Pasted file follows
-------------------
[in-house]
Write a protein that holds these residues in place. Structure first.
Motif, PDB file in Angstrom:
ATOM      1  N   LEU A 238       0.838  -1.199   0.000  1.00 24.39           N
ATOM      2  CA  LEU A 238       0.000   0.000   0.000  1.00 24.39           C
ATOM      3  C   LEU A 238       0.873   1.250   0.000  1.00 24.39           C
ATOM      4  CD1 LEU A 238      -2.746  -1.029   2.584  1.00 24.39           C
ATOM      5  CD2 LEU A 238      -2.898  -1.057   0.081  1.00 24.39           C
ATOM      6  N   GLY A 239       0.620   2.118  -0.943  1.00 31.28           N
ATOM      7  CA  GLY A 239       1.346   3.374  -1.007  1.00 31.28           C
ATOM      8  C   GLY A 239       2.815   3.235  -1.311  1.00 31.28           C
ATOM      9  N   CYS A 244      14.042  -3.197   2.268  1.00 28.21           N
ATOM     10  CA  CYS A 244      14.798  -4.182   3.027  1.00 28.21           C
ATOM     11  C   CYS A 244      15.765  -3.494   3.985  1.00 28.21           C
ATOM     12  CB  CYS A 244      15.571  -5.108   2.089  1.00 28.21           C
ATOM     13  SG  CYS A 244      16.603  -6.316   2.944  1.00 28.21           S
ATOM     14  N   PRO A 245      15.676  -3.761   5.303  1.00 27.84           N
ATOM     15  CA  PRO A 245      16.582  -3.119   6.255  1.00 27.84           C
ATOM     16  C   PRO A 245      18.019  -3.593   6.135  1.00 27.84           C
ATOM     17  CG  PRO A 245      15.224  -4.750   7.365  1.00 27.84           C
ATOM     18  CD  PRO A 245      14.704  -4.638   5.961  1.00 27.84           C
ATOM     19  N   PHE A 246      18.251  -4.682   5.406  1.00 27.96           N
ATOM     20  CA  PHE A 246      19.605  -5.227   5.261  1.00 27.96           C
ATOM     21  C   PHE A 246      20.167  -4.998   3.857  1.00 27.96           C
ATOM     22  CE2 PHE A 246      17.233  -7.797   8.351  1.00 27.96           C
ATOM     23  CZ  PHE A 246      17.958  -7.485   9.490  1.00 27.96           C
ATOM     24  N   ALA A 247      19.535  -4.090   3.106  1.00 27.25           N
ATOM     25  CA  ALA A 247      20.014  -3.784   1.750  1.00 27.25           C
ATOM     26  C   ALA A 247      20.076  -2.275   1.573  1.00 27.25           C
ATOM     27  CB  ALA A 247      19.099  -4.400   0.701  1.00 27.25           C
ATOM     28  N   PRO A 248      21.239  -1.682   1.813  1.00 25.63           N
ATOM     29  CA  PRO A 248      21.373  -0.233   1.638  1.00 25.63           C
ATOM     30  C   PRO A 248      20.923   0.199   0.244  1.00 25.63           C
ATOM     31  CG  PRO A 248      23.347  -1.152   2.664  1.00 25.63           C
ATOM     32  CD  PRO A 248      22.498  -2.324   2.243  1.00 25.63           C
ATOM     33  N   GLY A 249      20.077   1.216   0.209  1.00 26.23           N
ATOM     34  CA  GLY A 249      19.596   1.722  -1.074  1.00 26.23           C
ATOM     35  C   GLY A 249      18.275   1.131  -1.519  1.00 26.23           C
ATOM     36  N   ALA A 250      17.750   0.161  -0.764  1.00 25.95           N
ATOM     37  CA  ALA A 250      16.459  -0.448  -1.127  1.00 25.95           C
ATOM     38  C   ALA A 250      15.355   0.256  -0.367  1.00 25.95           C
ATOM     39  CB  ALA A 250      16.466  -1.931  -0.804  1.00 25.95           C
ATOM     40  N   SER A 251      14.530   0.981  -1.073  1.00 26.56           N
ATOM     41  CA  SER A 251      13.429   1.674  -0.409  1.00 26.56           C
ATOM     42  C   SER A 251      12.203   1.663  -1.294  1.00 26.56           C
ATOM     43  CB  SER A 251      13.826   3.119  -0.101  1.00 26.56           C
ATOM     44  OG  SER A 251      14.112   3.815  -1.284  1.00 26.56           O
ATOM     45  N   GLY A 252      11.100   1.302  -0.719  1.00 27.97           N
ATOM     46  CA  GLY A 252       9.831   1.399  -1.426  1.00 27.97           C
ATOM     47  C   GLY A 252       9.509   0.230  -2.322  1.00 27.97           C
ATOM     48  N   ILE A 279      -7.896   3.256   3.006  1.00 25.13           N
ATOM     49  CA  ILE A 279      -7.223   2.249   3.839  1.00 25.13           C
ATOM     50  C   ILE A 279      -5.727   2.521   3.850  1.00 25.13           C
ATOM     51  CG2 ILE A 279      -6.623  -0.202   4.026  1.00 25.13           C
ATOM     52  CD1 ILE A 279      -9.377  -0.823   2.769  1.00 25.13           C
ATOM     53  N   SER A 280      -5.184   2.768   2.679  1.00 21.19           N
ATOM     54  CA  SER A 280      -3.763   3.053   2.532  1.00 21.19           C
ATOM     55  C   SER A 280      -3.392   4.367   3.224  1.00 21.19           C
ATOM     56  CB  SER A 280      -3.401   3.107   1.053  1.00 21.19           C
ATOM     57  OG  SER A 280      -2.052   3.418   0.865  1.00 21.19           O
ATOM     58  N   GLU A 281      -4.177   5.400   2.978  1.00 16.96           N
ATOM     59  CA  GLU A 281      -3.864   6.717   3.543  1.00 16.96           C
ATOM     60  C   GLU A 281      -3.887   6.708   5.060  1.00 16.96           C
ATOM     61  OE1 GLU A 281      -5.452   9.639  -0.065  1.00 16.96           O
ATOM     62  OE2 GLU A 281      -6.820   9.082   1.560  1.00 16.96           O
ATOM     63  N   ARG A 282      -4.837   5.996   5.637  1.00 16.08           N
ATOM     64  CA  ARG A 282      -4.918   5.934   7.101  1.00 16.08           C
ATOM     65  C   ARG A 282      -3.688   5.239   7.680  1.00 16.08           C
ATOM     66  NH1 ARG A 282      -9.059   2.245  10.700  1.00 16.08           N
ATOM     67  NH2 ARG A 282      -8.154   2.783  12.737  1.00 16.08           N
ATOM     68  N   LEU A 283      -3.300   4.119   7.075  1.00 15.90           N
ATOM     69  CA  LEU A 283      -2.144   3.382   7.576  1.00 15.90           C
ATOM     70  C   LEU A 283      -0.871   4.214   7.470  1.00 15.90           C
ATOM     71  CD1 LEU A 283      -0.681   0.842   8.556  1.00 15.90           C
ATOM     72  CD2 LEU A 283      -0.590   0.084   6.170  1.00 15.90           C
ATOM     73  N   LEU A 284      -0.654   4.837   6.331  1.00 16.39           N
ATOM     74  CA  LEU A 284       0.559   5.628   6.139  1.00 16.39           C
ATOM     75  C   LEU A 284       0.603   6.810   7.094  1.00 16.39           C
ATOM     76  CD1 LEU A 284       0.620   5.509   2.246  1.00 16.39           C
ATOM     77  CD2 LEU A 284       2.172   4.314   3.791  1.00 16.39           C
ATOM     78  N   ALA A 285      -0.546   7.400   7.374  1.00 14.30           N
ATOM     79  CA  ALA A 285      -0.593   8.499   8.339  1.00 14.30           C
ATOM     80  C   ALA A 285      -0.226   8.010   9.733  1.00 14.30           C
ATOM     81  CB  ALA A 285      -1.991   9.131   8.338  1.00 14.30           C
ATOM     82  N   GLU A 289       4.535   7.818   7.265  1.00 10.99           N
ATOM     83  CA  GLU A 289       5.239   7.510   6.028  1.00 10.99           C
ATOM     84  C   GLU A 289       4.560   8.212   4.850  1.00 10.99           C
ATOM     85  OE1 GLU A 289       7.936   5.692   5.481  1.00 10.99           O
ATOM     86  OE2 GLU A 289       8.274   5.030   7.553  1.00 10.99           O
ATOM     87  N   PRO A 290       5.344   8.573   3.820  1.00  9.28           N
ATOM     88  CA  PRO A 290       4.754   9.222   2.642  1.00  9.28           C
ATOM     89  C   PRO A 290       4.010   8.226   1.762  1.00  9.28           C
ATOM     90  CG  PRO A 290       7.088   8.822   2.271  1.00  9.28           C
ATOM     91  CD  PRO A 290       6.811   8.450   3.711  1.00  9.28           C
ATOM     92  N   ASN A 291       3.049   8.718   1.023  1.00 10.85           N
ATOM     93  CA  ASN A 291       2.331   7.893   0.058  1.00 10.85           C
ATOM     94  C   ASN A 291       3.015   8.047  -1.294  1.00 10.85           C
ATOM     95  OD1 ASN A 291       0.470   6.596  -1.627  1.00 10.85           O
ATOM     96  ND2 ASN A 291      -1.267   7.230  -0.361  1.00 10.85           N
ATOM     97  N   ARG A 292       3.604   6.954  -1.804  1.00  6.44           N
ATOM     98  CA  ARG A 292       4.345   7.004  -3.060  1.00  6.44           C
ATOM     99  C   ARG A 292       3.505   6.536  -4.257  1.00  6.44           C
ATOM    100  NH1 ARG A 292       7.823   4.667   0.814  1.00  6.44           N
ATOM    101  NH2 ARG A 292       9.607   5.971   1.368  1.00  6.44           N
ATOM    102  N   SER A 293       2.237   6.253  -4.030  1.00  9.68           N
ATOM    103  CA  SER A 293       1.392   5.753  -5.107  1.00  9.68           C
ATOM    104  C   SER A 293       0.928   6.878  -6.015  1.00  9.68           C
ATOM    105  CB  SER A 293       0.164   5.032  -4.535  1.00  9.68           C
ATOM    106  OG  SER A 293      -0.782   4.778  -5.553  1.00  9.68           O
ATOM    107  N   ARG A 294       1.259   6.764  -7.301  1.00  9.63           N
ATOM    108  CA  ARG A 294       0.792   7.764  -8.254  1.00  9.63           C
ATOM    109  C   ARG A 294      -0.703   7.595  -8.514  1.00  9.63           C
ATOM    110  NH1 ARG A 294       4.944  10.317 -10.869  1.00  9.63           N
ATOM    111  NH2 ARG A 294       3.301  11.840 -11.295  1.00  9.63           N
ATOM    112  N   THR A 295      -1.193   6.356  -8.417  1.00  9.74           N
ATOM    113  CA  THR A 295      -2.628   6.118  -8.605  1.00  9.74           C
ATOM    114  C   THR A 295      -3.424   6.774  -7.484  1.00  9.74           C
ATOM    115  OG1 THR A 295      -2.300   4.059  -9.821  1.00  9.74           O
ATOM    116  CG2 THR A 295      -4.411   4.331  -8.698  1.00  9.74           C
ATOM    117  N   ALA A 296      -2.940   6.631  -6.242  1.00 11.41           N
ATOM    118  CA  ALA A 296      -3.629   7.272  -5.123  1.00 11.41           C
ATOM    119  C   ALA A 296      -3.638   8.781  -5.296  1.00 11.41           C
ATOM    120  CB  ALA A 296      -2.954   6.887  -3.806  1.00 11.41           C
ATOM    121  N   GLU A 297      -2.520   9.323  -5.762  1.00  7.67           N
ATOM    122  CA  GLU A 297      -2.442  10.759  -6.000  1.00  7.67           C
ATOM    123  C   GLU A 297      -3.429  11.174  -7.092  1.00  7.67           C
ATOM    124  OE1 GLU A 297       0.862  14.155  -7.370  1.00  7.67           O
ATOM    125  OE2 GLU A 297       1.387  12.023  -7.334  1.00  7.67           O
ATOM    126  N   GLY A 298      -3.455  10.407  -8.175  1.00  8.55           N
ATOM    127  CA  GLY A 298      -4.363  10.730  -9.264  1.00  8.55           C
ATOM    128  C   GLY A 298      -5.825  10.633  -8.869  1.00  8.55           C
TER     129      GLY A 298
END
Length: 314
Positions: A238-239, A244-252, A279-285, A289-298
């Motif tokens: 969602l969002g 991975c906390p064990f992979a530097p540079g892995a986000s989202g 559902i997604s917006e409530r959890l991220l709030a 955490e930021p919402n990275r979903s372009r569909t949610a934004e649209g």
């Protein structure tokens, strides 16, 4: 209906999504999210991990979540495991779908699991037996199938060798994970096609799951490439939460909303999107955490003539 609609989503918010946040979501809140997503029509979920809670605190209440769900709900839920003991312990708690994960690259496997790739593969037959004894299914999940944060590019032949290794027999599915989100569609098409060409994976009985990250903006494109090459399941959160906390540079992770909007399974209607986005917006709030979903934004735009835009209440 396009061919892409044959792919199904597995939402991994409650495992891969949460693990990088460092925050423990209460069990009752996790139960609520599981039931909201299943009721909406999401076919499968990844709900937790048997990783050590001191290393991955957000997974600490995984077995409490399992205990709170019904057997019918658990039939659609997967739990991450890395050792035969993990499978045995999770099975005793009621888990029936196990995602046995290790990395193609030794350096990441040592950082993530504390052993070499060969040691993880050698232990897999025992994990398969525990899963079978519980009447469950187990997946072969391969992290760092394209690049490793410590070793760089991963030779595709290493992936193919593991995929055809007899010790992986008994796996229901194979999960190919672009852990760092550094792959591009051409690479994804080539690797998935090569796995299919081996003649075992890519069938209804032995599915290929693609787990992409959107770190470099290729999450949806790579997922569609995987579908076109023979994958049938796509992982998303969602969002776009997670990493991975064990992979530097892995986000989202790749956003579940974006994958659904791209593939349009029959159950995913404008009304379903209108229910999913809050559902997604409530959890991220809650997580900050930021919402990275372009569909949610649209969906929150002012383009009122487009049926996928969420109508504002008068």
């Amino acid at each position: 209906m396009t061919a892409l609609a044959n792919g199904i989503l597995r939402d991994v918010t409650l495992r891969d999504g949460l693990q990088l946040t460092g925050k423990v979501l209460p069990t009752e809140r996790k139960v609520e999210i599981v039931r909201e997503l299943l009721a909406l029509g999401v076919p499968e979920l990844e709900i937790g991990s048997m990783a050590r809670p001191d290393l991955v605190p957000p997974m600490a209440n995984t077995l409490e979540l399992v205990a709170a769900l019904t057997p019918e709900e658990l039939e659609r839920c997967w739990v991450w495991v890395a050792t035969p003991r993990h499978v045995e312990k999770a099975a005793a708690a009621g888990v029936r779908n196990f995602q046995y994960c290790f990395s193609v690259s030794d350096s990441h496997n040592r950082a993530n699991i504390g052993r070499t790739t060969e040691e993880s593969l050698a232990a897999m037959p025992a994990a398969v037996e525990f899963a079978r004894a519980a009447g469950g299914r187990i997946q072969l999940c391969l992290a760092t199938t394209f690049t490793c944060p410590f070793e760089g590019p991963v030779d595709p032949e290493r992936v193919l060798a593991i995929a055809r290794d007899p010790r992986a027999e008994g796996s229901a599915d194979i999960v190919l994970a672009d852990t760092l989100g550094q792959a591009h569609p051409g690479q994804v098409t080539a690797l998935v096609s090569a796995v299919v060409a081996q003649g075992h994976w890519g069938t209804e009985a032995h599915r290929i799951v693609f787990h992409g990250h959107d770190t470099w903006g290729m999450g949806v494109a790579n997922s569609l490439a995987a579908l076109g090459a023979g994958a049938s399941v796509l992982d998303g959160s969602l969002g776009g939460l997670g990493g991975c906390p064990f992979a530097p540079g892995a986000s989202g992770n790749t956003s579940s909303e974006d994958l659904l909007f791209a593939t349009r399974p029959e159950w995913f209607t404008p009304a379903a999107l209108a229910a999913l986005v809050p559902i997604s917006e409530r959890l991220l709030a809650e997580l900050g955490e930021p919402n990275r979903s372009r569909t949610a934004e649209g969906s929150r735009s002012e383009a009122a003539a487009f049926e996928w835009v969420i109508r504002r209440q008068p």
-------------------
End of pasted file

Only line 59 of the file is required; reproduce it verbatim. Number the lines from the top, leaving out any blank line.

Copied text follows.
ATOM     56  CB  SER A 280      -3.401   3.107   1.053  1.00 21.19           C